Tuesday, December 16, 2008

December 16, 2008

Thirteen/WNET, the local PBS station, aired a segment from their Blueprint America series called "Is the Subway Going Back Down the Tubes?" last Tuesday, December 16th.

The full segment, and some additional background information on the 2nd Avenue Subway project, can be found on the PBS web links listed below.

Video: "Is the Subway Going Back Down the Tubes?"
Thirteen/WNET (8:50) - 12/16/08

Web Video: "Building the Second Avenue Subway"
Thirteen/WNET (3:45) - 12/16/08

Archive Video: "Saga of the 2nd Avenue Subway"
Thirteen/WNET (8:00) - 1975
"This 51st State (Channel Thirteen) report in 1975 tells the story of New York City’s repeated attempts to complete a second subway line on the East Side."

- - -

Here's a listing of the recent additions to the
right-hand column of The Launch Box:

Under Web Links:
"The Second Avenue Line – The Greatest Subway New York Never Built"
a Timeline, from Thirteen/WNET

Under News Links:
"The Subway Route of All Evil"
New York Post - 12/14/08

Under Video / Audio Links:
"2nd Avenue Subway New York" (10:33)
ABC Radio National By Design (from Australia) - 11/26/08
"Janne Ryan talks on site to the project's chief engineer,
David Caiden, and Bill Dentzer, from Arup."

"Subway Construction Slows Down 2nd Ave. Business" (2:45)
NY1 - 12/11/08

Saturday, November 15, 2008

November 14, 2008 - Working at Night

It was hot in the city on Friday evening, for the middle of November, so I decided to go for a walk and take a few pictures of evening work location at the NW corner of 93rd street and 2nd avenue.

The crew that was working at this hour was digging a trench for part of the slurry wall that will become the west side of The Launch Box.

All of the pictures that follow were taken using the
Sepia tone setting on my camera.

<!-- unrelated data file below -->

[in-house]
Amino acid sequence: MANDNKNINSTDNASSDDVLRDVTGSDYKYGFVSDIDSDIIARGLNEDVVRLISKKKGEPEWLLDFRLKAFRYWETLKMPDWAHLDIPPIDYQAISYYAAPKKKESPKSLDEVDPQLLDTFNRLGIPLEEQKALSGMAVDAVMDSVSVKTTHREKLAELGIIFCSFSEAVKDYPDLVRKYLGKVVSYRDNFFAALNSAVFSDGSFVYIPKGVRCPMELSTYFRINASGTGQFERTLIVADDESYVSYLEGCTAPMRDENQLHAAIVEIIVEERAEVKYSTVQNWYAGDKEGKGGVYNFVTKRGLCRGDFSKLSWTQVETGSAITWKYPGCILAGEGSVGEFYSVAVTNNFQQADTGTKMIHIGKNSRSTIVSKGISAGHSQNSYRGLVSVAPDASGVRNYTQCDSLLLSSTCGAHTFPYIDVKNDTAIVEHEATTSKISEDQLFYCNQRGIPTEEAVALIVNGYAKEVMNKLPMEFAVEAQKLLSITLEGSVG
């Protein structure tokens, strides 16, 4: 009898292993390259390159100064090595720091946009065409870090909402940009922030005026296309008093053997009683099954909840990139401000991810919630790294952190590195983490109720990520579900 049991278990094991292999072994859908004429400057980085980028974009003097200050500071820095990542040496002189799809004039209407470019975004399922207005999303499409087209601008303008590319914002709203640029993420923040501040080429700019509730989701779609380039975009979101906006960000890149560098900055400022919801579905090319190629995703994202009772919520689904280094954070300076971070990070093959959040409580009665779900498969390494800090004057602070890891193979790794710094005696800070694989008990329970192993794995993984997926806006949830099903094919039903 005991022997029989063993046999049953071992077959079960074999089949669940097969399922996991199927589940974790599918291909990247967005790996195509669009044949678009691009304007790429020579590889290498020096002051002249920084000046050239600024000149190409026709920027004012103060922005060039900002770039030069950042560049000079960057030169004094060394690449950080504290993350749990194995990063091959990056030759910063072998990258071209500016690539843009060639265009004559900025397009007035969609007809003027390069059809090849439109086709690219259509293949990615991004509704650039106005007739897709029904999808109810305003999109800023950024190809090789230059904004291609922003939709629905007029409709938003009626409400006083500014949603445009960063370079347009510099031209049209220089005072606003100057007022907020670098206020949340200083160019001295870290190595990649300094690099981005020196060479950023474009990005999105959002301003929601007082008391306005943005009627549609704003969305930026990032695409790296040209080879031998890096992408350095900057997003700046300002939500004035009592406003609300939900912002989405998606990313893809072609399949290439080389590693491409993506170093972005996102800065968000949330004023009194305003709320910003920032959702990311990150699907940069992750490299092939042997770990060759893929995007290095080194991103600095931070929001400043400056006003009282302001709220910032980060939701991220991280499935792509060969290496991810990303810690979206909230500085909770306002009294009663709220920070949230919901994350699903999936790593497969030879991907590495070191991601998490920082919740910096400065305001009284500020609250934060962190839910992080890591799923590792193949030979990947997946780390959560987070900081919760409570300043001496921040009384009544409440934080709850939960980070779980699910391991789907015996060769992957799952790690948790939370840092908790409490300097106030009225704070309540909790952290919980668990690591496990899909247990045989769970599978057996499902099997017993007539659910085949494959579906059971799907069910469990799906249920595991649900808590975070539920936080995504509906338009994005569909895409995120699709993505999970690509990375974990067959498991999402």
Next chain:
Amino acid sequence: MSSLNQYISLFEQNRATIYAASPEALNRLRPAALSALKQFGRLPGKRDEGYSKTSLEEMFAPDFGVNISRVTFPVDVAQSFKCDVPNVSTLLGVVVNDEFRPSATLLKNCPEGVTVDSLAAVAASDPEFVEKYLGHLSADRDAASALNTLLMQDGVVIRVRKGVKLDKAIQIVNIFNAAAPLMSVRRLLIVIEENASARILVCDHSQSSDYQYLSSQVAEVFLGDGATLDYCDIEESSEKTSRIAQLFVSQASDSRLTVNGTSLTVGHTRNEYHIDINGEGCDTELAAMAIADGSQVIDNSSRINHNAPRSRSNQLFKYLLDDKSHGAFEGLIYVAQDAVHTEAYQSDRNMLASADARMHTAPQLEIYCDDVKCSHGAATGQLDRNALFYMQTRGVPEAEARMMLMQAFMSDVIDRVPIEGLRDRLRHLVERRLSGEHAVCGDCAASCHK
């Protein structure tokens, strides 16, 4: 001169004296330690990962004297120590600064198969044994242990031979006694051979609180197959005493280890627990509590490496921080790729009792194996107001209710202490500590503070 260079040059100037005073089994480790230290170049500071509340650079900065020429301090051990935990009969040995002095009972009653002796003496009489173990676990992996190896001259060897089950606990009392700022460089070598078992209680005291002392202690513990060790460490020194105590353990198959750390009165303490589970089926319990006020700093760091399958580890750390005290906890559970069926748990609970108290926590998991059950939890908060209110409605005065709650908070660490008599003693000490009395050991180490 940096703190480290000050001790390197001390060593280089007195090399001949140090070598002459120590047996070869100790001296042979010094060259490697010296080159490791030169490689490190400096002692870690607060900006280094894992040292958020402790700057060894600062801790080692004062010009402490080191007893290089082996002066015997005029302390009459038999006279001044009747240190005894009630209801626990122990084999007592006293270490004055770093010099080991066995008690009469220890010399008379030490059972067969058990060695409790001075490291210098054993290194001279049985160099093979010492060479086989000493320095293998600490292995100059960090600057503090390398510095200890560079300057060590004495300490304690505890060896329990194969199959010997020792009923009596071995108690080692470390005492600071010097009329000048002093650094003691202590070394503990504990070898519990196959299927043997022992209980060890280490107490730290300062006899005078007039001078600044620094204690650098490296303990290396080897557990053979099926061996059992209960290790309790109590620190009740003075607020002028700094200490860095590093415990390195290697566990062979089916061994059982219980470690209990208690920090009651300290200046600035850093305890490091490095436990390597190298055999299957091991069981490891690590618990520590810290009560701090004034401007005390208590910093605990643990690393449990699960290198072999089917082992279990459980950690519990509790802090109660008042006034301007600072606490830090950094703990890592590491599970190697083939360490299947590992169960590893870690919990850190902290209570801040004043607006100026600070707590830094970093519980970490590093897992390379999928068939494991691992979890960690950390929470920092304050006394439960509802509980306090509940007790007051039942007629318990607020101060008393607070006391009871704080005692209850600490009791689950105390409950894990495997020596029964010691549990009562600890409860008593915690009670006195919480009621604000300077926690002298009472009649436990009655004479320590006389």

One of many pedestrians that stopped to observe the activity.

The crew here is digging a 70 foot deep trench using a piece of equipment called a Diaphragm Wall Grab.

The Grab is lifted, and lowered, into the trench using one of the big Liebherr crawler cranes - as shown in the image above.

The crane operator has just lowered the Grab deep into the trench.

And now the Grab has just been lifted out of the trench, with the bucket at the end full with a load of earth and rocks.

Another view of the same work location -
this time looking south down 2nd avenue.

The liquid that is falling off the Grab, as it is being lifted out of the trench, is a mixture of water and bentonite. The hole is full of the water & bentonite mixture to prevent the collapse of the trench.

The soil and rocks from the bottom of the trench are dumped by the Grab into a pile, and then loaded into a truck to be taken away.

I left the site at about 9 PM, as the crew kept working.

- - -

Here's a listing of the recent additions to the right-hand
column of The Launch Box:

Under News Links:

Local Business Owners Struggle Through Construction Project
The Epoch Times - 11/6/08

Upper E. Hell Zone
New York Post - 11/10/08

Saturday, November 1, 2008

November 1, 2008

Source: Second Ave. Sagas - 10/31/08
A nice looking poster, from an F train.
Clearly the MTA is optimistic about having Phase I of the Second Avenue Subway running by 2015.

93rd St, NW corner
At this location there is a crew working to clear an obstruction at the bottom of one of the new holes for the slurry wall. The obstruction is probably a large rock, or section of Manhattan bedrock, that wasn't detected when the test bores were drilled before the project got started.

In this image, and the series that follow, a crew of men is using one of the big Liebherr crawler cranes to "work on" the rock down in the hole.